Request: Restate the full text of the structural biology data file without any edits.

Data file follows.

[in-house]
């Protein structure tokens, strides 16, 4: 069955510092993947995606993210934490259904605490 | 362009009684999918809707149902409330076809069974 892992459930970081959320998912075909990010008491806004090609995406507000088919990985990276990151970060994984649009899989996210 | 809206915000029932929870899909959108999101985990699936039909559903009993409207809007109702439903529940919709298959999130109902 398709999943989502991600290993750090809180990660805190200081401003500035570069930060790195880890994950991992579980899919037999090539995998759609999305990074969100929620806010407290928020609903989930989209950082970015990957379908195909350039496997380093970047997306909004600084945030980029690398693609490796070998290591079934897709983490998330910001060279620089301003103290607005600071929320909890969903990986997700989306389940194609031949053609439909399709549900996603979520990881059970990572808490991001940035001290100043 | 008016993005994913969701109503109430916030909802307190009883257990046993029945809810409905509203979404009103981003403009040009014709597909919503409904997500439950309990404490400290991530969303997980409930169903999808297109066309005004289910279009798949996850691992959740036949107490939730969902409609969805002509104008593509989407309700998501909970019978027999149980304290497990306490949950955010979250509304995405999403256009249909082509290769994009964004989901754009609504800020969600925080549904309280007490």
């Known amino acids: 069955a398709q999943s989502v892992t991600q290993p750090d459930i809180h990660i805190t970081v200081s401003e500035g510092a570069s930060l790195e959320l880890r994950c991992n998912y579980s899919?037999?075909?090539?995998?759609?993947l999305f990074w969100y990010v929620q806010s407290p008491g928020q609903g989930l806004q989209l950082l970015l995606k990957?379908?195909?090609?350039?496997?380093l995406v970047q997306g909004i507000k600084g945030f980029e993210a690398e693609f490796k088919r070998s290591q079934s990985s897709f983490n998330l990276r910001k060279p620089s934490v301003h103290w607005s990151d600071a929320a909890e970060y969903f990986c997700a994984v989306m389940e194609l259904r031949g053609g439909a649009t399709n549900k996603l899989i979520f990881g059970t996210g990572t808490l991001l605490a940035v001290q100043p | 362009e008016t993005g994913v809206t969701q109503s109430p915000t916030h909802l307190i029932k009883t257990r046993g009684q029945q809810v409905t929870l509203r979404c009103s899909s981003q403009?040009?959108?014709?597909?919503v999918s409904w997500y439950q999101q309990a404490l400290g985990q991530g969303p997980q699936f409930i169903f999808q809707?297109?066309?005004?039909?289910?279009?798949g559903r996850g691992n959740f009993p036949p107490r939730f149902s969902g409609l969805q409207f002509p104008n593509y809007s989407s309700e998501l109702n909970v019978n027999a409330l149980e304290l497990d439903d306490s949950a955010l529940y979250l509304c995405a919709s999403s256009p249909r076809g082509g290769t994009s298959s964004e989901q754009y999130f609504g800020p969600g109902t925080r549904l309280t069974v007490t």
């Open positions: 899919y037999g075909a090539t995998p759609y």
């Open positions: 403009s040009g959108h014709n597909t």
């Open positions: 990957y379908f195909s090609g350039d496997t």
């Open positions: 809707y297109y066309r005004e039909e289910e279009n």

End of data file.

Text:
[in-house]
């Protein structure tokens, strides 16, 4: 069955510092993947995606993210934490259904605490 | 362009009684999918809707149902409330076809069974 892992459930970081959320998912075909990010008491806004090609995406507000088919990985990276990151970060994984649009899989996210 | 809206915000029932929870899909959108999101985990699936039909559903009993409207809007109702439903529940919709298959999130109902 398709999943989502991600290993750090809180990660805190200081401003500035570069930060790195880890994950991992579980899919037999090539995998759609999305990074969100929620806010407290928020609903989930989209950082970015990957379908195909350039496997380093970047997306909004600084945030980029690398693609490796070998290591079934897709983490998330910001060279620089301003103290607005600071929320909890969903990986997700989306389940194609031949053609439909399709549900996603979520990881059970990572808490991001940035001290100043 | 008016993005994913969701109503109430916030909802307190009883257990046993029945809810409905509203979404009103981003403009040009014709597909919503409904997500439950309990404490400290991530969303997980409930169903999808297109066309005004289910279009798949996850691992959740036949107490939730969902409609969805002509104008593509989407309700998501909970019978027999149980304290497990306490949950955010979250509304995405999403256009249909082509290769994009964004989901754009609504800020969600925080549904309280007490």
């Known amino acids: 069955a398709q999943s989502v892992t991600q290993p750090d459930i809180h990660i805190t970081v200081s401003e500035g510092a570069s930060l790195e959320l880890r994950c991992n998912y579980s899919?037999?075909?090539?995998?759609?993947l999305f990074w969100y990010v929620q806010s407290p008491g928020q609903g989930l806004q989209l950082l970015l995606k990957?379908?195909?090609?350039?496997?380093l995406v970047q997306g909004i507000k600084g945030f980029e993210a690398e693609f490796k088919r070998s290591q079934s990985s897709f983490n998330l990276r910001k060279p620089s934490v301003h103290w607005s990151d600071a929320a909890e970060y969903f990986c997700a994984v989306m389940e194609l259904r031949g053609g439909a649009t399709n549900k996603l899989i979520f990881g059970t996210g990572t808490l991001l605490a940035v001290q100043p | 362009e008016t993005g994913v809206t969701q109503s109430p915000t916030h909802l307190i029932k009883t257990r046993g009684q029945q809810v409905t929870l509203r979404c009103s899909s981003q403009?040009?959108?014709?597909?919503v999918s409904w997500y439950q999101q309990a404490l400290g985990q991530g969303p997980q699936f409930i169903f999808q809707?297109?066309?005004?039909?289910?279009?798949g559903r996850g691992n959740f009993p036949p107490r939730f149902s969902g409609l969805q409207f002509p104008n593509y809007s989407s309700e998501l109702n909970v019978n027999a409330l149980e304290l497990d439903d306490s949950a955010l529940y979250l509304c995405a919709s999403s256009p249909r076809g082509g290769t994009s298959s964004e989901q754009y999130f609504g800020p969600g109902t925080r549904l309280t069974v007490t």
């Open positions: 899919y037999g075909a090539t995998p759609y």
């Open positions: 403009s040009g959108h014709n597909t």
């Open positions: 990957y379908f195909s090609g350039d496997t």
């Open positions: 809707y297109y066309r005004e039909e289910e279009n």